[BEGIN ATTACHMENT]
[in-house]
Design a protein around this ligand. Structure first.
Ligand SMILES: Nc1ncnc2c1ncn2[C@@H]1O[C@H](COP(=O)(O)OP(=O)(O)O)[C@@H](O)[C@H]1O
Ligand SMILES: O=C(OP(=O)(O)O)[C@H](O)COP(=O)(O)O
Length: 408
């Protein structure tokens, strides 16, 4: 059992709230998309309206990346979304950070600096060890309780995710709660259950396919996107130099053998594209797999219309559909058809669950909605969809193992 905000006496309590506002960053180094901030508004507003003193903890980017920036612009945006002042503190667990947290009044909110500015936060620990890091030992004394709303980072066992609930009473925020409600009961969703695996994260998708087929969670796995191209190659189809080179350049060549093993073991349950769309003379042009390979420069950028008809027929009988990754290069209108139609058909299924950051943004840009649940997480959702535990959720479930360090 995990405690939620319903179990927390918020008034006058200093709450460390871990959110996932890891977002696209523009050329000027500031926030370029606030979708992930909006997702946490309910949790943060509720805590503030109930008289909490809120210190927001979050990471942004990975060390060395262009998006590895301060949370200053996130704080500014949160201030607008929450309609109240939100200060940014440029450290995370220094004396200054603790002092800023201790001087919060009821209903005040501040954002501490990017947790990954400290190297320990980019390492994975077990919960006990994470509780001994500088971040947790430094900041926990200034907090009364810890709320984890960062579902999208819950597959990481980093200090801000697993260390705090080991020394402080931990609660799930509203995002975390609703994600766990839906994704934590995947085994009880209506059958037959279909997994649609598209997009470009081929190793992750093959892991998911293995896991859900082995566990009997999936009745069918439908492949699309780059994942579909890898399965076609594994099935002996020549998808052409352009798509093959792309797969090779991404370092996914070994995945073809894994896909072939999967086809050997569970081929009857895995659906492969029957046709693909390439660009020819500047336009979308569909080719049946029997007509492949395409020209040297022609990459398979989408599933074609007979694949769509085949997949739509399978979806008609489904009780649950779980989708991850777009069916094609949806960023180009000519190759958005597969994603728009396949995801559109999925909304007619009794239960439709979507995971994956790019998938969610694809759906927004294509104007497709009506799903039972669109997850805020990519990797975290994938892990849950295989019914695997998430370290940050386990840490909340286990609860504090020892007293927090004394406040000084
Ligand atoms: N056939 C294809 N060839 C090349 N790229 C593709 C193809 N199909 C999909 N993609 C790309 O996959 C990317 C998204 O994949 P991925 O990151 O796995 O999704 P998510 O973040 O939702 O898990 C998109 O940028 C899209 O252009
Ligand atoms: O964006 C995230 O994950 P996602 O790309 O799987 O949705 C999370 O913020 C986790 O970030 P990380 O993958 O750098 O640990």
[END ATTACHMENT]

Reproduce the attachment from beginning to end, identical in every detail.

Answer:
[in-house]
Design a protein around this ligand. Structure first.
Ligand SMILES: Nc1ncnc2c1ncn2[C@@H]1O[C@H](COP(=O)(O)OP(=O)(O)O)[C@@H](O)[C@H]1O
Ligand SMILES: O=C(OP(=O)(O)O)[C@H](O)COP(=O)(O)O
Length: 408
């Protein structure tokens, strides 16, 4: 059992709230998309309206990346979304950070600096060890309780995710709660259950396919996107130099053998594209797999219309559909058809669950909605969809193992 905000006496309590506002960053180094901030508004507003003193903890980017920036612009945006002042503190667990947290009044909110500015936060620990890091030992004394709303980072066992609930009473925020409600009961969703695996994260998708087929969670796995191209190659189809080179350049060549093993073991349950769309003379042009390979420069950028008809027929009988990754290069209108139609058909299924950051943004840009649940997480959702535990959720479930360090 995990405690939620319903179990927390918020008034006058200093709450460390871990959110996932890891977002696209523009050329000027500031926030370029606030979708992930909006997702946490309910949790943060509720805590503030109930008289909490809120210190927001979050990471942004990975060390060395262009998006590895301060949370200053996130704080500014949160201030607008929450309609109240939100200060940014440029450290995370220094004396200054603790002092800023201790001087919060009821209903005040501040954002501490990017947790990954400290190297320990980019390492994975077990919960006990994470509780001994500088971040947790430094900041926990200034907090009364810890709320984890960062579902999208819950597959990481980093200090801000697993260390705090080991020394402080931990609660799930509203995002975390609703994600766990839906994704934590995947085994009880209506059958037959279909997994649609598209997009470009081929190793992750093959892991998911293995896991859900082995566990009997999936009745069918439908492949699309780059994942579909890898399965076609594994099935002996020549998808052409352009798509093959792309797969090779991404370092996914070994995945073809894994896909072939999967086809050997569970081929009857895995659906492969029957046709693909390439660009020819500047336009979308569909080719049946029997007509492949395409020209040297022609990459398979989408599933074609007979694949769509085949997949739509399978979806008609489904009780649950779980989708991850777009069916094609949806960023180009000519190759958005597969994603728009396949995801559109999925909304007619009794239960439709979507995971994956790019998938969610694809759906927004294509104007497709009506799903039972669109997850805020990519990797975290994938892990849950295989019914695997998430370290940050386990840490909340286990609860504090020892007293927090004394406040000084
Ligand atoms: N056939 C294809 N060839 C090349 N790229 C593709 C193809 N199909 C999909 N993609 C790309 O996959 C990317 C998204 O994949 P991925 O990151 O796995 O999704 P998510 O973040 O939702 O898990 C998109 O940028 C899209 O252009
Ligand atoms: O964006 C995230 O994950 P996602 O790309 O799987 O949705 C999370 O913020 C986790 O970030 P990380 O993958 O750098 O640990």